The U.S. press statement on September 24 calls on the Burmese government to exercise restraint and engage in dialogue with its people for transition to a civilian, democratic government. By the 26th, things had taken an ominous turn in Burma with the security forces firing on the demonstrators. The joint U.S.-EU press statement on that day adds threats of sanctions against the Burma/Myanmar government. (The EU, unlike the US or the equally decisive Japan (see below), cannot make up its collective mind on what to call the mafia state.) On the 27th, President Bush has even harsher words for the "brutal military regime" and calls on "all nations that have influence with the regime to join us in supporting the aspirations of the Burmese people and to tell the Burmese Junta to cease using force on its own people." On the same day, the U.S. Treasury broadens sanctions on certain Burmese individuals. The following day, the State Department follows suit with more visa restrictions. Mr. Bush's wife issues a statement similar to her husband, but somewhat longer and even more harshly worded. The White House Press Secretary also let's us know that EU is also considering sanctions. Meanwhile, in Japan…
The Japanese press statement on the 25th basically makes the same points with the Myanmar government as the 24 September State Department statement did, in the typically mild-mannered Japanese way. On the 26th, his views on sanctions on Myanmar is the first question put to new Foreign Minister Komura in his first regular press briefing. He sidesteps the issue, and repeats the call for restraint on the part of the Myanmar government and says that he will be watching the situation carefully. Senior Vice Minister Onodera gives a longer regular briefing saying essentially the same things. On the 27th, Japanese freelance cameraman Kenji Nagai is murdered, shot in the back pointblank, by a Myanmar government soldier. By the 28th, Mr. Komura is in New York for the US General Assembly Plenary, and holds a talk with his Myanmar counterpart. In a press briefing there - no official records; this is as unofficial as the burasagaris, which became a bone of contention between Prime Minister Abe and the media - he reveals that he reiterated Japanese calls for restraint and dialogue and told his counterpart that the Japanese government "strongly seeks the revelation of the truth" with regard to Mr. Nagai's shooting. He remains noncommittal on sanctions.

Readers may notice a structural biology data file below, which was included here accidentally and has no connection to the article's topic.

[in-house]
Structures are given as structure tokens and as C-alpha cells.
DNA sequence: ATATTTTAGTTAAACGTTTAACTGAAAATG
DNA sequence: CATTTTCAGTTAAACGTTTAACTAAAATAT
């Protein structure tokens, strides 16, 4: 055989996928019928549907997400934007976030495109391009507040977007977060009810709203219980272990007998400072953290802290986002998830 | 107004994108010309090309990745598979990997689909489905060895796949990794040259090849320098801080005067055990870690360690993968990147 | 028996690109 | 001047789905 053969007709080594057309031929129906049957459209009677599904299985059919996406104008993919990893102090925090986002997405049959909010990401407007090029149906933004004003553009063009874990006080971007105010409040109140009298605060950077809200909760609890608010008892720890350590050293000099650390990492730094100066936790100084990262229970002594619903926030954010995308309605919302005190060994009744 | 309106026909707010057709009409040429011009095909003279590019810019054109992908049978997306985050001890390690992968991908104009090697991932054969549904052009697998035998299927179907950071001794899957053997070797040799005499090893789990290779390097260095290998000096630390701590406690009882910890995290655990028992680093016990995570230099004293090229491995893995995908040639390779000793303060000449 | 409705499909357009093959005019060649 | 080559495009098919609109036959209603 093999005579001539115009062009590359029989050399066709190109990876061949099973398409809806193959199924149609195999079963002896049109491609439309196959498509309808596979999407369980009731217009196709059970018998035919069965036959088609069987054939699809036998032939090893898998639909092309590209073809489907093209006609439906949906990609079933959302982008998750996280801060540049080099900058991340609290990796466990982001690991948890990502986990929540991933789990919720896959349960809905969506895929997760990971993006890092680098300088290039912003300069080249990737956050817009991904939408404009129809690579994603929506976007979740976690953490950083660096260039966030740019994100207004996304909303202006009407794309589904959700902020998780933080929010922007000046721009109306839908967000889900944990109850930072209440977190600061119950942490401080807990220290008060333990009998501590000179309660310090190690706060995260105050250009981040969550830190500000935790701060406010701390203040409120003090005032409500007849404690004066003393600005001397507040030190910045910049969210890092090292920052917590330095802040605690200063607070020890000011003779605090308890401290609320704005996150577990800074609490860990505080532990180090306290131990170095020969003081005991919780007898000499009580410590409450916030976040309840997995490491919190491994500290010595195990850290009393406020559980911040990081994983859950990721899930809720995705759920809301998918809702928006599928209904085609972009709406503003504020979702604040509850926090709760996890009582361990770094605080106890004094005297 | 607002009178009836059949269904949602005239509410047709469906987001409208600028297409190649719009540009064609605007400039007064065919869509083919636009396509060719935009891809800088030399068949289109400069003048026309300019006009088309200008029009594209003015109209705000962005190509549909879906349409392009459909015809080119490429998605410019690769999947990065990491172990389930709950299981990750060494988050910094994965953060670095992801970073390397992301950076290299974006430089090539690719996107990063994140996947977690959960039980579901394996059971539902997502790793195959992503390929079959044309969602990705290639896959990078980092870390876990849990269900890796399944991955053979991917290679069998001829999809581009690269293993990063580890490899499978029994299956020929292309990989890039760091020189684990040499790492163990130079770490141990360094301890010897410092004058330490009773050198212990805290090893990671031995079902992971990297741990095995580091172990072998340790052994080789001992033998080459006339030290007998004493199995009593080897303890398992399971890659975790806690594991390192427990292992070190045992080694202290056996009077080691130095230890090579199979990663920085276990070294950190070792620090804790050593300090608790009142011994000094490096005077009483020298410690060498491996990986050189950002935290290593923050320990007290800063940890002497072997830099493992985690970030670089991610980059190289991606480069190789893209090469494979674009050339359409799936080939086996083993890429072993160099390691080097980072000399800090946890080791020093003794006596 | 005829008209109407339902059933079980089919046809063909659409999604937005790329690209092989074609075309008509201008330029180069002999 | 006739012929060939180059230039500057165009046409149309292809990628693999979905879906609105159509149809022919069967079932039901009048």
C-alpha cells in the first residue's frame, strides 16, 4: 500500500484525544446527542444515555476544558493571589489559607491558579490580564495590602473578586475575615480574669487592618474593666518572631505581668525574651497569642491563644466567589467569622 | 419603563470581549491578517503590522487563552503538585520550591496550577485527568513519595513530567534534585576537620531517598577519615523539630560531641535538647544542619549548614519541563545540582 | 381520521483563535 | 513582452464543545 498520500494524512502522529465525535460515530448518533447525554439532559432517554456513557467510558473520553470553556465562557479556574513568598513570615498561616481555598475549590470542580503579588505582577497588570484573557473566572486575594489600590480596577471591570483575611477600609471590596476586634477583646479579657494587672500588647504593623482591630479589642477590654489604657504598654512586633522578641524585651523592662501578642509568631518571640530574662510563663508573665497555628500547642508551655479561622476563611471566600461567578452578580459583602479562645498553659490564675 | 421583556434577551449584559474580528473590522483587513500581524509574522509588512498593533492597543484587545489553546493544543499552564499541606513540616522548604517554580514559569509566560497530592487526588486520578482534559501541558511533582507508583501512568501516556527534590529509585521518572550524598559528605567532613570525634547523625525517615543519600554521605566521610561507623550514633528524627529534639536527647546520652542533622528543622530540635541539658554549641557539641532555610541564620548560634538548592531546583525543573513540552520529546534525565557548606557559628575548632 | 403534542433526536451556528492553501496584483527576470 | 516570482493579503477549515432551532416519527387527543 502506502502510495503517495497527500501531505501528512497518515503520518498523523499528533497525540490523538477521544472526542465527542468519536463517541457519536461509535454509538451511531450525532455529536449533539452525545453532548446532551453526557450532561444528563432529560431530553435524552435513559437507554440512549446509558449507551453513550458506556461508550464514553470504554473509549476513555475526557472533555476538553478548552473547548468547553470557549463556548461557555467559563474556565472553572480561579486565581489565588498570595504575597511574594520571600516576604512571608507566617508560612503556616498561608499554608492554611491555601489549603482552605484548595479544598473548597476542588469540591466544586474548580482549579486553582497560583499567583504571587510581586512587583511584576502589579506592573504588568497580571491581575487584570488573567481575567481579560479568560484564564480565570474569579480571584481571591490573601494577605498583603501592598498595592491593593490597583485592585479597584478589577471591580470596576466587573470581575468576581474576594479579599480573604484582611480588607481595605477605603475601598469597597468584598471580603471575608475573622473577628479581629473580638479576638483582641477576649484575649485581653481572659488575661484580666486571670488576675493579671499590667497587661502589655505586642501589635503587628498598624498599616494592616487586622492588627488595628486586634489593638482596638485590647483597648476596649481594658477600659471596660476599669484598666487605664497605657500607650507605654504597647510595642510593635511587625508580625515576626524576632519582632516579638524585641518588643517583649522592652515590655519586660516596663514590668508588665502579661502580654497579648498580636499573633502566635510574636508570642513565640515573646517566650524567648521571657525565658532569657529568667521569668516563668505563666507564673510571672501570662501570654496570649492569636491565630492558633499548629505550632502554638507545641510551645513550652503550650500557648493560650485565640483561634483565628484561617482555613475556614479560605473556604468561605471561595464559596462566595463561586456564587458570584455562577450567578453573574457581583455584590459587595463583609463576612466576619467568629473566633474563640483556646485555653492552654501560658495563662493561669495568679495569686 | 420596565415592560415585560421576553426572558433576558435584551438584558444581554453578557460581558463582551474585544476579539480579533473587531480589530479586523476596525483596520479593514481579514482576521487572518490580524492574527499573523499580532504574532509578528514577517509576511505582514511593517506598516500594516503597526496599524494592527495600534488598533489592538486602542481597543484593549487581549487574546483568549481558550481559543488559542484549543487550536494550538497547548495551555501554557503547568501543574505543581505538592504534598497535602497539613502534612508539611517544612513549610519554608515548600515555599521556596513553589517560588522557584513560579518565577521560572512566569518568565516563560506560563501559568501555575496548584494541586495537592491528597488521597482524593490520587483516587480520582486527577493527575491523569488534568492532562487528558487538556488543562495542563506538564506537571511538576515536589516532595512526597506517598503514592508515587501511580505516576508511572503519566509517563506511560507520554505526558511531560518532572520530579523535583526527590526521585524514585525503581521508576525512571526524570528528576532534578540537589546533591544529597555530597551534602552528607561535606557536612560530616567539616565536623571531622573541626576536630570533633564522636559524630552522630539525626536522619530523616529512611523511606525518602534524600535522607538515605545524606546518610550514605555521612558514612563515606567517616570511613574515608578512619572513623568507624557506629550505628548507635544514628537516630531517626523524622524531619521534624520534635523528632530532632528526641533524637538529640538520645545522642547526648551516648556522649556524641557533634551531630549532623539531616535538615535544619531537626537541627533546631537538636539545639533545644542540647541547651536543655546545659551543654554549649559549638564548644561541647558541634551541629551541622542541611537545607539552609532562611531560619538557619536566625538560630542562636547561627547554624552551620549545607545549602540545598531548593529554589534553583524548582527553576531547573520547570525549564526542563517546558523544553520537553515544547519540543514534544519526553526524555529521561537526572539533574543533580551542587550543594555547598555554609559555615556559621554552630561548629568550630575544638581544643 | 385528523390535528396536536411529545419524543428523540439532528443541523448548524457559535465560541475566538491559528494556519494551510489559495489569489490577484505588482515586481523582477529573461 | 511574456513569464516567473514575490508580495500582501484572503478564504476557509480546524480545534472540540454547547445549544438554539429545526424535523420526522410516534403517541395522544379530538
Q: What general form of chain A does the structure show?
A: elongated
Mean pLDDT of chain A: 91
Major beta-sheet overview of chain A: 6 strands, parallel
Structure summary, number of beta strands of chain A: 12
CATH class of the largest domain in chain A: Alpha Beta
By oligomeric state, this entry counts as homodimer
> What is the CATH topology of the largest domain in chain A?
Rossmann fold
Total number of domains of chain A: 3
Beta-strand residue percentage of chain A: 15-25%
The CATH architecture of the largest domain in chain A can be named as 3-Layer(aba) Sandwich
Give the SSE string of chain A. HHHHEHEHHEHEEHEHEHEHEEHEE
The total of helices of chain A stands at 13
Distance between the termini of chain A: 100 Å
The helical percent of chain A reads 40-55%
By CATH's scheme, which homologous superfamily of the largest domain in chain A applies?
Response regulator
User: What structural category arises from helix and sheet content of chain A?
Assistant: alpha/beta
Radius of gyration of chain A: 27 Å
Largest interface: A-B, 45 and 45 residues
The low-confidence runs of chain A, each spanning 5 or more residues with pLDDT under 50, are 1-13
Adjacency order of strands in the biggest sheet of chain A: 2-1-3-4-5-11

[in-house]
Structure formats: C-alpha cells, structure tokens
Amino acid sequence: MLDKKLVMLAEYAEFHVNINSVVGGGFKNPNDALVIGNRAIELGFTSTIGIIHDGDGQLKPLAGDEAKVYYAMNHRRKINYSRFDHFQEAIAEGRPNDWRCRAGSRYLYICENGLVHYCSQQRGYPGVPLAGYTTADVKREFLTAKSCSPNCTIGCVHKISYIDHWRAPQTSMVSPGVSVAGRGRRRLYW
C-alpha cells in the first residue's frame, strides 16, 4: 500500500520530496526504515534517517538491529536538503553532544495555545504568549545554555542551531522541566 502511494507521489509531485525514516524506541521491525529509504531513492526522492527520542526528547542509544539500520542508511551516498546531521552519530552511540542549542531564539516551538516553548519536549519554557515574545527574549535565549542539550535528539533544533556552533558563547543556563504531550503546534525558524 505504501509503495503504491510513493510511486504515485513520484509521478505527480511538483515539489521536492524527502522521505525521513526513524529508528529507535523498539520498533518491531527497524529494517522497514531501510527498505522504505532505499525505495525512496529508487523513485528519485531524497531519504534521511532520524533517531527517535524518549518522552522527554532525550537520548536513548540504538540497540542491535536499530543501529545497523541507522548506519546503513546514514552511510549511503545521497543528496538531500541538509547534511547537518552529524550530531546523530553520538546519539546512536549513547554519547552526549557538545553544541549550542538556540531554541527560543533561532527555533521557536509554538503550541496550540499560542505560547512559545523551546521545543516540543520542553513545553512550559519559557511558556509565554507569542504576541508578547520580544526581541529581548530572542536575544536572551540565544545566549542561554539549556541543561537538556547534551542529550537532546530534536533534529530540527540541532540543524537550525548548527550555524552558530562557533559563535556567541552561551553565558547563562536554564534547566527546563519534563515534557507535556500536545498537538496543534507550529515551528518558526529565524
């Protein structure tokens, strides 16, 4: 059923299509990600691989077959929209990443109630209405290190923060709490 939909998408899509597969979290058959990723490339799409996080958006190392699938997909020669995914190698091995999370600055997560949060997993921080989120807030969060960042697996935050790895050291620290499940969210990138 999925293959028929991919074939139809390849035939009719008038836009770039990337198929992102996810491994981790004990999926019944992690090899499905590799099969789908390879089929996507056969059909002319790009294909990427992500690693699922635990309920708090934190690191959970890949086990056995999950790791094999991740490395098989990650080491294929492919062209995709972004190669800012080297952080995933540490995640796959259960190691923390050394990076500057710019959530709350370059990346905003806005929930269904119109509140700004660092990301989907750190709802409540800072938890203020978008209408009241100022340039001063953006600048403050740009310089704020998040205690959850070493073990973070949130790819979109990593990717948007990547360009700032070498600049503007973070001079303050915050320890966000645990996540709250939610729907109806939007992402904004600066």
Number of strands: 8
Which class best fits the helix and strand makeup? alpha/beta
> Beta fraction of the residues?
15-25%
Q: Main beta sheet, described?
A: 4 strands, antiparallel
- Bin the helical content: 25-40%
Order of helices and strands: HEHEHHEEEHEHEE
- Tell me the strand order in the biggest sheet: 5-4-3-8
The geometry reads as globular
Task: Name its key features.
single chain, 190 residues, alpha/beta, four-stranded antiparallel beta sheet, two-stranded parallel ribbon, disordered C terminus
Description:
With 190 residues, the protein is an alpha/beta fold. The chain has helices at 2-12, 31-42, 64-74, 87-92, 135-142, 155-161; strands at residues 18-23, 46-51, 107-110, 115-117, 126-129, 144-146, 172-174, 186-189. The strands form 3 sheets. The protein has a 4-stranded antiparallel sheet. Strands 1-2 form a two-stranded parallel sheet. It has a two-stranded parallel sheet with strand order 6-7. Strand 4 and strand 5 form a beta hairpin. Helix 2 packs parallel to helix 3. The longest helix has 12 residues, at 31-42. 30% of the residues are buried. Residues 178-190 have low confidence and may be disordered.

You can see the differences in words and deeds, small and large, and imagine the time and effort that the bureaucracies expended in putting them together. And more sanctions may still be on their way - who knows, from Japan? Yet these are of little to no significance to an authoritarian natural-resource state. It's always the same: stop the cash flow; or the security forces refuse to fire on civilians, which also will be a long time in coming, if ever.
A certain Ibrahim Gambali visited Naypyidaw on the 29th, no doubt to be told that all is in order, there's nothing to see, please keep moving. You know, he should - to Thailand, and, even more important, China. Don't bother going to India, India will stay away if China does; and Russia is only following the money. As for Japan, Mr. Gambali may come, if he wishes, to express his condolences.